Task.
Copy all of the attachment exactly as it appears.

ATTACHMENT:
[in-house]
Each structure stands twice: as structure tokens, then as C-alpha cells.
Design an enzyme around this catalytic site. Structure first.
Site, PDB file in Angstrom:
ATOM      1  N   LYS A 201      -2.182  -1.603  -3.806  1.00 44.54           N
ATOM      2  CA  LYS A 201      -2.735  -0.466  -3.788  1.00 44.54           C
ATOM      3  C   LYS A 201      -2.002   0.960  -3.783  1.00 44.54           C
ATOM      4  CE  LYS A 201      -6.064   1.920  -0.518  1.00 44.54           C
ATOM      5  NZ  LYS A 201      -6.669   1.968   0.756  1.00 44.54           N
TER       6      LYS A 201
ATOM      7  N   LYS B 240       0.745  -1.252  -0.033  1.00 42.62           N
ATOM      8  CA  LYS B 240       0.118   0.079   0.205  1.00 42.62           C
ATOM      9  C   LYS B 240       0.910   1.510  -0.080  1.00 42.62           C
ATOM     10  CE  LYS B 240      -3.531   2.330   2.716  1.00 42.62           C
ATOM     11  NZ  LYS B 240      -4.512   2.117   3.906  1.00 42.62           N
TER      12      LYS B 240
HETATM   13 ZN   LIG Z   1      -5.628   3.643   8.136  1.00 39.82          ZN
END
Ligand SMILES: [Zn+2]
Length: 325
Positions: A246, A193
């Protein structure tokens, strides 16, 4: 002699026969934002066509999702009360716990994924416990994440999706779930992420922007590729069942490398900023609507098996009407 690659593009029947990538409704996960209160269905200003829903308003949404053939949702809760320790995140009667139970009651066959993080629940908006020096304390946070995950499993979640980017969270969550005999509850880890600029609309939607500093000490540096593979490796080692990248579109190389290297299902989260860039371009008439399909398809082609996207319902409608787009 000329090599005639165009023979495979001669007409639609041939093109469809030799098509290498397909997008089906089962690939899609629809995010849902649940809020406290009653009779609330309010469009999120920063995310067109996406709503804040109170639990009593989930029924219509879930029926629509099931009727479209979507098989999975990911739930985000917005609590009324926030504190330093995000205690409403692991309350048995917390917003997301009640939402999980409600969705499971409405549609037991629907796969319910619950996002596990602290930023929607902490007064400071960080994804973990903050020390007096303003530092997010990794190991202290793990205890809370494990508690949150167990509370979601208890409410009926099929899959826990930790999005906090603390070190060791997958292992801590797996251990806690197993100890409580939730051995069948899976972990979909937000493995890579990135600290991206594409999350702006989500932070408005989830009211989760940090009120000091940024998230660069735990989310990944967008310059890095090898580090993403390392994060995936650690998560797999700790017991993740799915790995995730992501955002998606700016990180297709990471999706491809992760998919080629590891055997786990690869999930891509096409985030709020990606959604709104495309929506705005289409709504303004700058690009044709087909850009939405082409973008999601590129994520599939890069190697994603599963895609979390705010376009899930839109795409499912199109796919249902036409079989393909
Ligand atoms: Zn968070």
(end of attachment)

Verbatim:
[in-house]
Each structure stands twice: as structure tokens, then as C-alpha cells.
Design an enzyme around this catalytic site. Structure first.
Site, PDB file in Angstrom:
ATOM      1  N   LYS A 201      -2.182  -1.603  -3.806  1.00 44.54           N
ATOM      2  CA  LYS A 201      -2.735  -0.466  -3.788  1.00 44.54           C
ATOM      3  C   LYS A 201      -2.002   0.960  -3.783  1.00 44.54           C
ATOM      4  CE  LYS A 201      -6.064   1.920  -0.518  1.00 44.54           C
ATOM      5  NZ  LYS A 201      -6.669   1.968   0.756  1.00 44.54           N
TER       6      LYS A 201
ATOM      7  N   LYS B 240       0.745  -1.252  -0.033  1.00 42.62           N
ATOM      8  CA  LYS B 240       0.118   0.079   0.205  1.00 42.62           C
ATOM      9  C   LYS B 240       0.910   1.510  -0.080  1.00 42.62           C
ATOM     10  CE  LYS B 240      -3.531   2.330   2.716  1.00 42.62           C
ATOM     11  NZ  LYS B 240      -4.512   2.117   3.906  1.00 42.62           N
TER      12      LYS B 240
HETATM   13 ZN   LIG Z   1      -5.628   3.643   8.136  1.00 39.82          ZN
END
Ligand SMILES: [Zn+2]
Length: 325
Positions: A246, A193
């Protein structure tokens, strides 16, 4: 002699026969934002066509999702009360716990994924416990994440999706779930992420922007590729069942490398900023609507098996009407 690659593009029947990538409704996960209160269905200003829903308003949404053939949702809760320790995140009667139970009651066959993080629940908006020096304390946070995950499993979640980017969270969550005999509850880890600029609309939607500093000490540096593979490796080692990248579109190389290297299902989260860039371009008439399909398809082609996207319902409608787009 000329090599005639165009023979495979001669007409639609041939093109469809030799098509290498397909997008089906089962690939899609629809995010849902649940809020406290009653009779609330309010469009999120920063995310067109996406709503804040109170639990009593989930029924219509879930029926629509099931009727479209979507098989999975990911739930985000917005609590009324926030504190330093995000205690409403692991309350048995917390917003997301009640939402999980409600969705499971409405549609037991629907796969319910619950996002596990602290930023929607902490007064400071960080994804973990903050020390007096303003530092997010990794190991202290793990205890809370494990508690949150167990509370979601208890409410009926099929899959826990930790999005906090603390070190060791997958292992801590797996251990806690197993100890409580939730051995069948899976972990979909937000493995890579990135600290991206594409999350702006989500932070408005989830009211989760940090009120000091940024998230660069735990989310990944967008310059890095090898580090993403390392994060995936650690998560797999700790017991993740799915790995995730992501955002998606700016990180297709990471999706491809992760998919080629590891055997786990690869999930891509096409985030709020990606959604709104495309929506705005289409709504303004700058690009044709087909850009939405082409973008999601590129994520599939890069190697994603599963895609979390705010376009899930839109795409499912199109796919249902036409079989393909
Ligand atoms: Zn968070």